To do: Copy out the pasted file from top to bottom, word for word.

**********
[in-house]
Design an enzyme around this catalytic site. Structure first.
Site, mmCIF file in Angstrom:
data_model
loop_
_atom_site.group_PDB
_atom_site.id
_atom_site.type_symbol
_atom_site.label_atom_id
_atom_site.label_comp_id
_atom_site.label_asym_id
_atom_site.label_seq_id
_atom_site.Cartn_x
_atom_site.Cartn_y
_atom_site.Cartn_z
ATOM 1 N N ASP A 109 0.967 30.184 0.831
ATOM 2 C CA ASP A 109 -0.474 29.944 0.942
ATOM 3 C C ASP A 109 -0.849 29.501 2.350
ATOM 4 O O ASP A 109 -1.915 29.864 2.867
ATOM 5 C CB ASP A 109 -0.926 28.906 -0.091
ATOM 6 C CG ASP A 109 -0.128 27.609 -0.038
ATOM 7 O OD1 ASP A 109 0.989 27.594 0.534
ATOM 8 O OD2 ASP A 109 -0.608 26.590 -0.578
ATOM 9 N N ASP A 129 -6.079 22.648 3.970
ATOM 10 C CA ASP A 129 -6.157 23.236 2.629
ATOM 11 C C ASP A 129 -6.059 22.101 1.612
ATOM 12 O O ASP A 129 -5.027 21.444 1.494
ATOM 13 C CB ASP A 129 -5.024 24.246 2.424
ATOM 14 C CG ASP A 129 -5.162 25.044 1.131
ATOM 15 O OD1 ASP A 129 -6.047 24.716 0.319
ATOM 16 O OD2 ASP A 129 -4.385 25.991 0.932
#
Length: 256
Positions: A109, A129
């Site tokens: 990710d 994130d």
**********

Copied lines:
[in-house]
Design an enzyme around this catalytic site. Structure first.
Site, mmCIF file in Angstrom:
data_model
loop_
_atom_site.group_PDB
_atom_site.id
_atom_site.type_symbol
_atom_site.label_atom_id
_atom_site.label_comp_id
_atom_site.label_asym_id
_atom_site.label_seq_id
_atom_site.Cartn_x
_atom_site.Cartn_y
_atom_site.Cartn_z
ATOM 1 N N ASP A 109 0.967 30.184 0.831
ATOM 2 C CA ASP A 109 -0.474 29.944 0.942
ATOM 3 C C ASP A 109 -0.849 29.501 2.350
ATOM 4 O O ASP A 109 -1.915 29.864 2.867
ATOM 5 C CB ASP A 109 -0.926 28.906 -0.091
ATOM 6 C CG ASP A 109 -0.128 27.609 -0.038
ATOM 7 O OD1 ASP A 109 0.989 27.594 0.534
ATOM 8 O OD2 ASP A 109 -0.608 26.590 -0.578
ATOM 9 N N ASP A 129 -6.079 22.648 3.970
ATOM 10 C CA ASP A 129 -6.157 23.236 2.629
ATOM 11 C C ASP A 129 -6.059 22.101 1.612
ATOM 12 O O ASP A 129 -5.027 21.444 1.494
ATOM 13 C CB ASP A 129 -5.024 24.246 2.424
ATOM 14 C CG ASP A 129 -5.162 25.044 1.131
ATOM 15 O OD1 ASP A 129 -6.047 24.716 0.319
ATOM 16 O OD2 ASP A 129 -4.385 25.991 0.932
#
Length: 256
Positions: A109, A129
């Site tokens: 990710d 994130d």